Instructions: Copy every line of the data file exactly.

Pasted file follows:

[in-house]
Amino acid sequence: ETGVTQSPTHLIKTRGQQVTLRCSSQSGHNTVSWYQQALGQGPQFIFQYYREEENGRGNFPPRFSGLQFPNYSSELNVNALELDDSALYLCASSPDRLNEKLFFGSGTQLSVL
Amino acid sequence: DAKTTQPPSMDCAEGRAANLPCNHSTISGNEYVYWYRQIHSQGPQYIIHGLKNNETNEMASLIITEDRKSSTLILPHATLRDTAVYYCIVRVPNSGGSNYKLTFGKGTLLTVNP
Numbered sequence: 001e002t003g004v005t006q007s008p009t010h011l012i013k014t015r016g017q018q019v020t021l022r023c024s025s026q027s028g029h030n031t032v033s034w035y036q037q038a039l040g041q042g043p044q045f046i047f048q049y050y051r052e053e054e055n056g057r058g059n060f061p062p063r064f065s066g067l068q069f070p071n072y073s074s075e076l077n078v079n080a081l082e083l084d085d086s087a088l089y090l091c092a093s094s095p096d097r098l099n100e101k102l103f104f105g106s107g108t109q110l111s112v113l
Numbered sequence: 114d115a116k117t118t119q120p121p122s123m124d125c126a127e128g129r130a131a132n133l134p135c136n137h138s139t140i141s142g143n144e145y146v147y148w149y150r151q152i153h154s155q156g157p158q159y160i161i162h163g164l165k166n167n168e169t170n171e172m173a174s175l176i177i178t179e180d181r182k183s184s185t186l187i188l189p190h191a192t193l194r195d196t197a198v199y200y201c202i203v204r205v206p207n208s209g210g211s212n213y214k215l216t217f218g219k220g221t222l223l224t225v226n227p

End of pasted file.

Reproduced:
[in-house]
Amino acid sequence: ETGVTQSPTHLIKTRGQQVTLRCSSQSGHNTVSWYQQALGQGPQFIFQYYREEENGRGNFPPRFSGLQFPNYSSELNVNALELDDSALYLCASSPDRLNEKLFFGSGTQLSVL
Amino acid sequence: DAKTTQPPSMDCAEGRAANLPCNHSTISGNEYVYWYRQIHSQGPQYIIHGLKNNETNEMASLIITEDRKSSTLILPHATLRDTAVYYCIVRVPNSGGSNYKLTFGKGTLLTVNP
Numbered sequence: 001e002t003g004v005t006q007s008p009t010h011l012i013k014t015r016g017q018q019v020t021l022r023c024s025s026q027s028g029h030n031t032v033s034w035y036q037q038a039l040g041q042g043p044q045f046i047f048q049y050y051r052e053e054e055n056g057r058g059n060f061p062p063r064f065s066g067l068q069f070p071n072y073s074s075e076l077n078v079n080a081l082e083l084d085d086s087a088l089y090l091c092a093s094s095p096d097r098l099n100e101k102l103f104f105g106s107g108t109q110l111s112v113l
Numbered sequence: 114d115a116k117t118t119q120p121p122s123m124d125c126a127e128g129r130a131a132n133l134p135c136n137h138s139t140i141s142g143n144e145y146v147y148w149y150r151q152i153h154s155q156g157p158q159y160i161i162h163g164l165k166n167n168e169t170n171e172m173a174s175l176i177i178t179e180d181r182k183s184s185t186l187i188l189p190h191a192t193l194r195d196t197a198v199y200y201c202i203v204r205v206p207n208s209g210g211s212n213y214k215l216t217f218g219k220g221t222l223l224t225v226n227p